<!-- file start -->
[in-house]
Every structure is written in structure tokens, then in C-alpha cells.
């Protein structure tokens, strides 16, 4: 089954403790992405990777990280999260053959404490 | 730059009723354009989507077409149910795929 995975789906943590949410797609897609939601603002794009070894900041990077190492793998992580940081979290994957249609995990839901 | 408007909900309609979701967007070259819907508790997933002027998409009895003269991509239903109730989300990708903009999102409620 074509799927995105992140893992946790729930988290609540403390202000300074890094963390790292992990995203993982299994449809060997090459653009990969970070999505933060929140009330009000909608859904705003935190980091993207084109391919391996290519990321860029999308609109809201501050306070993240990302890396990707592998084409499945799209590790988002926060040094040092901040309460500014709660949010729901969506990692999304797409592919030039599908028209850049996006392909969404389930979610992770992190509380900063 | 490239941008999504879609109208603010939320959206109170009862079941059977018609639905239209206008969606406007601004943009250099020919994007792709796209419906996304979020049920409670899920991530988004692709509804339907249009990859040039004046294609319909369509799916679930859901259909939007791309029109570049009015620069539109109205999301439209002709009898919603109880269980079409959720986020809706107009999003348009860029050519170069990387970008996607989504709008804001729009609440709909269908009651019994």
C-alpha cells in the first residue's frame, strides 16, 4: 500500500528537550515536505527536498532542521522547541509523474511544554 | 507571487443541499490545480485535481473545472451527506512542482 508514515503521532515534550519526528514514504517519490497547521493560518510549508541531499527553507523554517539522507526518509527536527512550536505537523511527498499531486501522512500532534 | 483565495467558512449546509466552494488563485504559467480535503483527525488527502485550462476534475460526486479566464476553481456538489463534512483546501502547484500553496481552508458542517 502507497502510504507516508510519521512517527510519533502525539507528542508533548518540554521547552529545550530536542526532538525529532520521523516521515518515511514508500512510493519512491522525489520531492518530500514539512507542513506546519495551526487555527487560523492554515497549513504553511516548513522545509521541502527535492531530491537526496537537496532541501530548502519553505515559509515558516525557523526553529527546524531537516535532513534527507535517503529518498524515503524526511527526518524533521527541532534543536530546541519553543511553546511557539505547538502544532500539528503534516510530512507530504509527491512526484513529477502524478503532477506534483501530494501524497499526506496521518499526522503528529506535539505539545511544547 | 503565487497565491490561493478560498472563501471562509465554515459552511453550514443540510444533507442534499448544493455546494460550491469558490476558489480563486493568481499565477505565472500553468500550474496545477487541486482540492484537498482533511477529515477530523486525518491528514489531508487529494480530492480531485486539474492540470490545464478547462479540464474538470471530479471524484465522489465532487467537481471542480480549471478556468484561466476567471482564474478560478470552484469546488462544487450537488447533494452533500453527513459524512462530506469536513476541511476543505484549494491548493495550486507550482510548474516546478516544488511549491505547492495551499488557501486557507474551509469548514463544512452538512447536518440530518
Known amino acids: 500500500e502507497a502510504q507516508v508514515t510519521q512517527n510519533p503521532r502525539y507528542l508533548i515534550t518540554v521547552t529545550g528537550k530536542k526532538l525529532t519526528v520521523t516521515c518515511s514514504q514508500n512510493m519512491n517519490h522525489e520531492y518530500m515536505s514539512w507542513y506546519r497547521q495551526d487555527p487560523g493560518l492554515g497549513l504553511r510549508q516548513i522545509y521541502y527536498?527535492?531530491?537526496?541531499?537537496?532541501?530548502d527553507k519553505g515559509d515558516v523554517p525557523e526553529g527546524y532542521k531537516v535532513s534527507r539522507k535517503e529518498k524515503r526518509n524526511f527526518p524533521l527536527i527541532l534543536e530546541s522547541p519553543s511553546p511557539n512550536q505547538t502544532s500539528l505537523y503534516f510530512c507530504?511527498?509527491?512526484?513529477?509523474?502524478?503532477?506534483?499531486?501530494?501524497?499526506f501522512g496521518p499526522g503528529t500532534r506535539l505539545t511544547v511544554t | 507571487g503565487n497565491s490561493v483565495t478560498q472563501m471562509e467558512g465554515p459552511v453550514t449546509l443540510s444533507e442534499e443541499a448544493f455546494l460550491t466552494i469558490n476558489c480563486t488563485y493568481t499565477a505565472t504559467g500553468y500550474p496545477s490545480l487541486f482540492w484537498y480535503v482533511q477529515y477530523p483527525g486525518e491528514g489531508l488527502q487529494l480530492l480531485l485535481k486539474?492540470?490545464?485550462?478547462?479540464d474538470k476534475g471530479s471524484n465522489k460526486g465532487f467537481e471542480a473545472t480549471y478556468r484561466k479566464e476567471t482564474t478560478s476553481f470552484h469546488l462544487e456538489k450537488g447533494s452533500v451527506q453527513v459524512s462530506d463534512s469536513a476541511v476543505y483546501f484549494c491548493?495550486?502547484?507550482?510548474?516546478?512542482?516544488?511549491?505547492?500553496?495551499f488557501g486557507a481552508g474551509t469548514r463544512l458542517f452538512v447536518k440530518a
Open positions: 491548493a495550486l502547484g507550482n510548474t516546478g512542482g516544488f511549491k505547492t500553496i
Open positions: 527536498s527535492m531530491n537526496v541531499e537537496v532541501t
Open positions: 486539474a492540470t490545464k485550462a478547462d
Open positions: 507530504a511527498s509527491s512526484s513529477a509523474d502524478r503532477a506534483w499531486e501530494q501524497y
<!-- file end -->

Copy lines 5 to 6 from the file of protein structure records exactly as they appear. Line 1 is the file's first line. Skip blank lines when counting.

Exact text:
Known amino acids: 500500500e502507497a502510504q507516508v508514515t510519521q512517527n510519533p503521532r502525539y507528542l508533548i515534550t518540554v521547552t529545550g528537550k530536542k526532538l525529532t519526528v520521523t516521515c518515511s514514504q514508500n512510493m519512491n517519490h522525489e520531492y518530500m515536505s514539512w507542513y506546519r497547521q495551526d487555527p487560523g493560518l492554515g497549513l504553511r510549508q516548513i522545509y521541502y527536498?527535492?531530491?537526496?541531499?537537496?532541501?530548502d527553507k519553505g515559509d515558516v523554517p525557523e526553529g527546524y532542521k531537516v535532513s534527507r539522507k535517503e529518498k524515503r526518509n524526511f527526518p524533521l527536527i527541532l534543536e530546541s522547541p519553543s511553546p511557539n512550536q505547538t502544532s500539528l505537523y503534516f510530512c507530504?511527498?509527491?512526484?513529477?509523474?502524478?503532477?506534483?499531486?501530494?501524497?499526506f501522512g496521518p499526522g503528529t500532534r506535539l505539545t511544547v511544554t | 507571487g503565487n497565491s490561493v483565495t478560498q472563501m471562509e467558512g465554515p459552511v453550514t449546509l443540510s444533507e442534499e443541499a448544493f455546494l460550491t466552494i469558490n476558489c480563486t488563485y493568481t499565477a505565472t504559467g500553468y500550474p496545477s490545480l487541486f482540492w484537498y480535503v482533511q477529515y477530523p483527525g486525518e491528514g489531508l488527502q487529494l480530492l480531485l485535481k486539474?492540470?490545464?485550462?478547462?479540464d474538470k476534475g471530479s471524484n465522489k460526486g465532487f467537481e471542480a473545472t480549471y478556468r484561466k479566464e476567471t482564474t478560478s476553481f470552484h469546488l462544487e456538489k450537488g447533494s452533500v451527506q453527513v459524512s462530506d463534512s469536513a476541511v476543505y483546501f484549494c491548493?495550486?502547484?507550482?510548474?516546478?512542482?516544488?511549491?505547492?500553496?495551499f488557501g486557507a481552508g474551509t469548514r463544512l458542517f452538512v447536518k440530518a
Open positions: 491548493a495550486l502547484g507550482n510548474t516546478g512542482g516544488f511549491k505547492t500553496i